The U.S. trade deficit in goods widened to a record in December 2018 as a sizeable decline in goods exports was paired with a jump in goods imports. This reversed the decline in the deficit from the previous month, and the drop in goods exports sent yearly growth into negative territory for the first time in over two years.
The Census Bureau reported that the U.S. economy’s goods deficit widened in December to -$79.5 billion on a seasonally adjusted basis, from a revised -$70.5 billion in the previous month. This is considerably larger than consensus estimates of -$73.1 billion, and set a fresh record high for the goods trade deficit.
Struggling exports contributed to the increase in the deficit in December, declining -2.8 percent from November’s levels. This marks the third consecutive decline in goods exports from the U.S., and the largest monthly decline in nearly four years. Year-over-year growth in goods exports continued its free fall from the highs seen in May 2018, dipping into negative territory at -0.3 percent. Goods imports rose 2.8 percent during the month, erasing some of last month’s 3.6 percent decline. Year-over-year growth in goods imports improved in December, but remained relatively subdued at 3.2 percent.
Implications for the economy, freight
The surge in the deficit serves as further evidence that the economy slowed down during the fourth quarter of 2018. International trade will likely not be as big of a drag on GDP growth in the fourth quarter as it was in the third quarter, but December’s results make it unlikely that net exports will make a significant contribution to growth to round out 2018. Combined with the weak readings from factory orders on capital goods, housing starts and retail sales, it now looks like the economy will have grown around 2.0 percent or below in the fourth quarter of 2018 when the Bureau of Economic Analysis releases results tomorrow morning.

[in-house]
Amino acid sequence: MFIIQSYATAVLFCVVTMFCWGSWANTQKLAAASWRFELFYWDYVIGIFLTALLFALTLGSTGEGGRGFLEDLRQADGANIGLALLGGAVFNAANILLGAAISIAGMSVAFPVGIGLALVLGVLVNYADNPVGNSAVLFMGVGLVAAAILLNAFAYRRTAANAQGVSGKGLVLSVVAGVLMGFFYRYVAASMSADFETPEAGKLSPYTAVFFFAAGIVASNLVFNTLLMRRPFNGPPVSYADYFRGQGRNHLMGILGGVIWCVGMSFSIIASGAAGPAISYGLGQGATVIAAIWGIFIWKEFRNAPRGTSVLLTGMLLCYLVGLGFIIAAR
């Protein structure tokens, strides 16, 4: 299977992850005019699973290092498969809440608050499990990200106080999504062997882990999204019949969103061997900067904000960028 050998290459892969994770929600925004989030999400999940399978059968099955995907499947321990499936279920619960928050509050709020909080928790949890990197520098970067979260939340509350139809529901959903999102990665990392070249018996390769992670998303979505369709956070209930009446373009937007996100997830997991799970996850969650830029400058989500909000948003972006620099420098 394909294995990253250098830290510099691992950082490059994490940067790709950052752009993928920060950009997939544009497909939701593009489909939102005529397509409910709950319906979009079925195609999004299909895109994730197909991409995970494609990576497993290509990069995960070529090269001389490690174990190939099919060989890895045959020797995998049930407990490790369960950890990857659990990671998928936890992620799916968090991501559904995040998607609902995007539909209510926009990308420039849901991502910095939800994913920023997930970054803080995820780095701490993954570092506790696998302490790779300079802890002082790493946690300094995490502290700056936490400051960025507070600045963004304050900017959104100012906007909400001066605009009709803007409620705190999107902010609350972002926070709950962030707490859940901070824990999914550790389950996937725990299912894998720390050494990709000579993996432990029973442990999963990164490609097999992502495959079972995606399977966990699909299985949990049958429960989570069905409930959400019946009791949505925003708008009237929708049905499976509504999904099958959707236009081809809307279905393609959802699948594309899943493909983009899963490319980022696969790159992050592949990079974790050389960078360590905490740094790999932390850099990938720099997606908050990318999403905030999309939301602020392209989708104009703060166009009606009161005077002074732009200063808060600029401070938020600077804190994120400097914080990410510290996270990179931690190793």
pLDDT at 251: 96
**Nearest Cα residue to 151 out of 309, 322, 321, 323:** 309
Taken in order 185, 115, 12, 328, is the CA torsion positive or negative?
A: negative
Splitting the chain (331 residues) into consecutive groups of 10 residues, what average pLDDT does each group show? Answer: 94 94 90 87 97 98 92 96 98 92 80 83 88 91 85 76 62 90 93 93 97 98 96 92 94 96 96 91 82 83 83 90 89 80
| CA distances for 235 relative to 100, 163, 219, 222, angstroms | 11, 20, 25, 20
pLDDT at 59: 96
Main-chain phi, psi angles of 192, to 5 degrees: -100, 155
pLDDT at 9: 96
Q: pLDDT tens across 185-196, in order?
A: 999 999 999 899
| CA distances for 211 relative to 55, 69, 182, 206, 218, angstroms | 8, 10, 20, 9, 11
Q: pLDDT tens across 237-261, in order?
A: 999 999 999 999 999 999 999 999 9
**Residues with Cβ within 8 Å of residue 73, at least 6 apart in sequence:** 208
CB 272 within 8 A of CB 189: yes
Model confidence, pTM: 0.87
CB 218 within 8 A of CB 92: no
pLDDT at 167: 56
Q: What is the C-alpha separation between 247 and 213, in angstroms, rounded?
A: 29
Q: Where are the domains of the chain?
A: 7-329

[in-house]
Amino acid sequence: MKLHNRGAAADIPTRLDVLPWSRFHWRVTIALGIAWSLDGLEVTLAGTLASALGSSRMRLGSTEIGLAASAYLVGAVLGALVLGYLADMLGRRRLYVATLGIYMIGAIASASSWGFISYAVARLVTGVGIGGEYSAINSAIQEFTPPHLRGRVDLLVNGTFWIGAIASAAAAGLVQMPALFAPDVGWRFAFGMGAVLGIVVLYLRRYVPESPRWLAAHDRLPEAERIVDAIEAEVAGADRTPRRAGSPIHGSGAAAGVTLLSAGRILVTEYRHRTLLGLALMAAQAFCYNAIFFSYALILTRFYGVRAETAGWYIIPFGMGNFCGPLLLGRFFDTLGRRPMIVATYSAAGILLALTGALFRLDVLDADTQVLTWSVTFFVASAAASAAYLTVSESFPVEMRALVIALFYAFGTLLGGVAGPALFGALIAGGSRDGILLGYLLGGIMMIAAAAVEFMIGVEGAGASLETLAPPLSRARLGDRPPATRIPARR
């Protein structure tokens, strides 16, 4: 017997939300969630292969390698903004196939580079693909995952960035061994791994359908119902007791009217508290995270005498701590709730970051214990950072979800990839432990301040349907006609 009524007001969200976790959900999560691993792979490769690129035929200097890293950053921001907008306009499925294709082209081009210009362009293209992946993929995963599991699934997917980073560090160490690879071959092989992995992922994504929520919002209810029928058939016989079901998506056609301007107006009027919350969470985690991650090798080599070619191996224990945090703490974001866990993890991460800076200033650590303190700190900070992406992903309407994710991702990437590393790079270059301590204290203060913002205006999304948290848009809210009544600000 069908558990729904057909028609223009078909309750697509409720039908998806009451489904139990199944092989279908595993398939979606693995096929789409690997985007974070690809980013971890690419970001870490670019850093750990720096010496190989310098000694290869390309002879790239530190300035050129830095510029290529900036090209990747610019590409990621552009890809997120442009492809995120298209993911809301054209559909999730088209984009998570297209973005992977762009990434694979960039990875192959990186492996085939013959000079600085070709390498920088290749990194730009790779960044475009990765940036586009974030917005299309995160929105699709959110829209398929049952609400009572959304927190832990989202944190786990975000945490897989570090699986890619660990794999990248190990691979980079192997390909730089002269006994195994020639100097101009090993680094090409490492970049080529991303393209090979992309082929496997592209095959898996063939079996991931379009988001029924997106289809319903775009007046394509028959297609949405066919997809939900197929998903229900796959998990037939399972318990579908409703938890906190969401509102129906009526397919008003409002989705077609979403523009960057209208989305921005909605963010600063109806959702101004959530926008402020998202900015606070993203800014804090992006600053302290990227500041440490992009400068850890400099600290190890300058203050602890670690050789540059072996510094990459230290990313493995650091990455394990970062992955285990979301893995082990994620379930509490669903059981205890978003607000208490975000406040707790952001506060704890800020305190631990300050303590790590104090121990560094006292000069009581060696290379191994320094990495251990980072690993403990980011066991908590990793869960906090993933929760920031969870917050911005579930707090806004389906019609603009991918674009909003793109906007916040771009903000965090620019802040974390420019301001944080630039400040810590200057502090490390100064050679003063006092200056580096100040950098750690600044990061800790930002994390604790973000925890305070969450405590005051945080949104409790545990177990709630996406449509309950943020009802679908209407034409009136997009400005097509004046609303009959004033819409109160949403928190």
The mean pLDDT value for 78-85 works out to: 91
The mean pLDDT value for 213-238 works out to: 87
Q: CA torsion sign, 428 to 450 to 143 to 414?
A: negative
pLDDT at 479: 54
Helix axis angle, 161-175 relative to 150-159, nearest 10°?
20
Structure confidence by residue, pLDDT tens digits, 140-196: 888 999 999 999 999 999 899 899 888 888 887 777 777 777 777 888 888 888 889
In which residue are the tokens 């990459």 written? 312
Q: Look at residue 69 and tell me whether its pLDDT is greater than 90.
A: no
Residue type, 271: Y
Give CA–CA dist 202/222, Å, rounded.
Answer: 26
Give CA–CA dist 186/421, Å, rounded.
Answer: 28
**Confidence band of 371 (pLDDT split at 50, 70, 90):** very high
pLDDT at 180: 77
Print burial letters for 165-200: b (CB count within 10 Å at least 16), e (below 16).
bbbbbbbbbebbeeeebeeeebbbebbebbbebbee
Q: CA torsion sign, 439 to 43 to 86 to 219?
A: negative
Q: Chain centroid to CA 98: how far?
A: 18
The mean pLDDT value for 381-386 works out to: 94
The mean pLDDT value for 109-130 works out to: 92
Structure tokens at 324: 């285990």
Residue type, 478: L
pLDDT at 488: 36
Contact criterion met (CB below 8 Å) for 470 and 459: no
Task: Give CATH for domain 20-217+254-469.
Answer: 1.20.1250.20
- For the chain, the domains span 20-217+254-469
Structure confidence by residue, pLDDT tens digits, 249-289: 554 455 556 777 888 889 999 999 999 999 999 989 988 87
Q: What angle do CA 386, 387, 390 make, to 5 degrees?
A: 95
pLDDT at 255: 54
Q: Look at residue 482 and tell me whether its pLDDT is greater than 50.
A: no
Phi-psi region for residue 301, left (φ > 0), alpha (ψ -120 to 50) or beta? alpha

Of course, from a freight perspective, the size of the deficit is less important. Both imports and exports require freight movements, and as long as the amount of trade is strong, carriers that are involved in these movements will benefit. As a result, the real concern here is that both export and import growth have clearly downshifted over the last few months. The total value of traded goods (goods exports plus goods imports) rose just 0.3 percent in December, and year-over-year growth tumbled to the lowest point in two years.
Even with the jump in goods imports in December, growth remains well below the pace seen in the first three quarters of 2018. Goods export growth hit a six and one-half year high of 14.1 percent in May 2018, but has decelerated steadily ever since. With growth conditions both in the U.S. and the rest of the world showing signs of slowing down, demand for both export and imports is likely to be soft throughout 2019 after the impressive showing through the first three quarters of 2018. This is not good news for the freight environment, and should weigh on freight demand regardless of what happens with the size of the deficit.
Behind the numbers
The data coming out of the Census Bureau over the past couple of weeks has certainly put a damper on the growth picture for the fourth quarter, which a month ago looked like it might approach 3.0 percent. There was some hope after November’s trade results that the international trade sector could provide a decent boost to growth, but December’s surge in the deficit has erased much of that optimism. Results from the early part of the first quarter have also been weak, and the economy could be in for back-to-back quarters of subpar growth after 2018’s mid-year surge.
Much has been made of the impact that trade policy has on the trade sector, and there is plenty of evidence that suggests that tariffs and the threat of more tariffs have introduced some additional noise into the usual seasonal patterns. The bigger issue here, however, is that the global economy is slowing down, particularly in the areas that influence goods trade. Manufacturing readings from the U.S., China and Europe are all showing signs of moderating or stalling, which affects the demand for traded goods. The U.S. looks to be making progress in terms of resolving some of the trade uncertainty, but if global growth continues to slow, trade volumes will suffer regardless.
Ibrahiim Bayaan is FreightWaves’ Chief Economist. He writes regularly on all aspects of the economy and provides context with original research and analytics on freight market trends. Never miss his commentary bysubscribing.